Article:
I am starting to feel so much more comfortable in the classroom and look forward to next week when I start my edTPA lessons!

Wednesday, February 13, 2013

Week 3

I can't believe that I haven't had time to post about week three of student teaching! It is currently the middle of week 4 of my first placement!

The time at the elementary school is flying by! In week three I had an AMAZING time. This was the week that I really got a feel for how the classroom is run, what is expected of me, and what things work best for me. I also think that I am getting to know the students better, although getting to know over 420 names in three weeks is a little difficult, especially because I only see them once or twice a week! I hope that when I have my own classroom and I am learning names I will be able to learn them a little faster. I think it is different because I am the student teacher. Sometimes the students forget my name and get offended that I still don't know theirs. I tell them, "If you have a hard time remembering only my name, how do you think I remember all 400 students in this school? Can you imagine doing that?" They end up laughing and telling me it's okay, or reminding me to learn their name because they are important people! I've really grown to enjoy these children!
A kindergarten student stamps a design into their clay mandela

In a nutshell, this is what week three encompassed:
Grade 2 Gadget fish before and after color and ink!

  • Teaching a whole day of K-5 as the head teacher. Luckily Kim stayed in the room to assist whenever needed!
  • Kindergarten made clay Mandelas and learned about radial design. 
  • 1st grade finger painted roosters and did a great job!
  • 2nd grade colored and inked clay fish from a few weeks back
  • 3rd grade explored perspective and what it means as well as basic rules in perspective
  • 4th grade finished painting their clay projects and created palm trees with chalk
  • 5th grade finished painting their clay animals and created collages like Guiseppe Archimboldo portraits made out of food!
Grade 1. This student was a "dotter" as they finger painted the sky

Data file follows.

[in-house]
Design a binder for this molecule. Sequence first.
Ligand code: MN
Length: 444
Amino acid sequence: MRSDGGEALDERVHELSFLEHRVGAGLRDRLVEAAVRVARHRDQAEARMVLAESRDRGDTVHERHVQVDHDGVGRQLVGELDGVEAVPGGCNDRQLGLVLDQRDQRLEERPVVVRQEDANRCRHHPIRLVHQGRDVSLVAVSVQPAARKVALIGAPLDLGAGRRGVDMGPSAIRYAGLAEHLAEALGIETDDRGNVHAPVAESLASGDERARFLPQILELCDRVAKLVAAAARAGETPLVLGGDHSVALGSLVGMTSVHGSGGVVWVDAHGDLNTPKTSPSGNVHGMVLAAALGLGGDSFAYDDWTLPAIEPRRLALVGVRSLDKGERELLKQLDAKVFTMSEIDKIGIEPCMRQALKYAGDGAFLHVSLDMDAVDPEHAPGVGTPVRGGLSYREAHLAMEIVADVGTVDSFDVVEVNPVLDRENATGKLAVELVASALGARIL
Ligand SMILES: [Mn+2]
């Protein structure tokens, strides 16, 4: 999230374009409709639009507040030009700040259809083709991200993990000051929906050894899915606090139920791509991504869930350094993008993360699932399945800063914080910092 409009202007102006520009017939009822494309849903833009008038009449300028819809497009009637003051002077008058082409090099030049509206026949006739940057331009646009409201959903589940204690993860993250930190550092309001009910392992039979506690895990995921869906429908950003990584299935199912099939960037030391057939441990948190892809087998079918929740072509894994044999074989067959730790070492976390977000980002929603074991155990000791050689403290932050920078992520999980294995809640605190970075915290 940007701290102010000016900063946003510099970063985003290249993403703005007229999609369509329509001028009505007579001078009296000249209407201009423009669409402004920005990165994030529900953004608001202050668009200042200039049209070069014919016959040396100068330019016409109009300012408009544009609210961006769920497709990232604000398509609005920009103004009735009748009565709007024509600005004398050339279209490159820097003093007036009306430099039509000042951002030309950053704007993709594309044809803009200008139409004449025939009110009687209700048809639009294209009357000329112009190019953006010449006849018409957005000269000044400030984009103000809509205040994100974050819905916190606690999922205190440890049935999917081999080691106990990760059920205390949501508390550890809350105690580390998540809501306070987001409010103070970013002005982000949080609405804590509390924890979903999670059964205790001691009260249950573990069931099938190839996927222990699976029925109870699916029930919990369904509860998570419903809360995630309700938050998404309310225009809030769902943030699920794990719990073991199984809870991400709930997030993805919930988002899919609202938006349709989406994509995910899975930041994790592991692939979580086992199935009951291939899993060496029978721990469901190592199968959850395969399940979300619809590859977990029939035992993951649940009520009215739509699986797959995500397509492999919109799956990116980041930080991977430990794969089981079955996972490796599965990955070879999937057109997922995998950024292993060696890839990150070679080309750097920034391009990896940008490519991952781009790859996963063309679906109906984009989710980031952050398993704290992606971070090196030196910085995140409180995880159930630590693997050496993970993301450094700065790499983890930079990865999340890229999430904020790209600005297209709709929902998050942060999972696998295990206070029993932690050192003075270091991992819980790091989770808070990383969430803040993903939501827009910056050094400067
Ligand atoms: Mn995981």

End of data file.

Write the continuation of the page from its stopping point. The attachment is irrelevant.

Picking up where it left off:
I learned so much this week regarding classroom management and time management. This was a great week for me to get the schedule of each class down. The five minutes between classes is a life saver! I was happy to take control and learn by making mistakes. Ms. R was helping me find the best system for having first graders wash their hands and finish their finger painting. I realized that I had the children wash their hands, ask me if they were done and then if I asked them to work more, they would have to wash their hands again. Realizing that this was unproductive and inefficient, that idea was quickly changed! I also learned that when teaching radial symmetry to kindergarteners with the clay Mandelas, I needed to stress to them how important the middle of the Mandela was. For some reason, it took me twice to realize!

I could improve even more on clean up tasks and delegation to students. I could also improve upon time management by keeping track of my demonstration timing and leaving ample time for students to work and clean up efficiently!

I think I did great at speaking to the children in ways they would understand and getting the project criteria to them. By the looks of the work, I think I reached most of them!

Tuesday, January 29, 2013

Week 2: Student Teaching

Wow! I am loving my student teaching experience so far. The more I get to know my cooperating teacher, and the more I work with the students, the more confident I am becoming. It feels great to spend time making art with children all day. I couldn't ask for a better job! I am learning that it takes a lot of work behind the scenes (not a surprise, just a realization of how much work!) but I am really finding joy in it.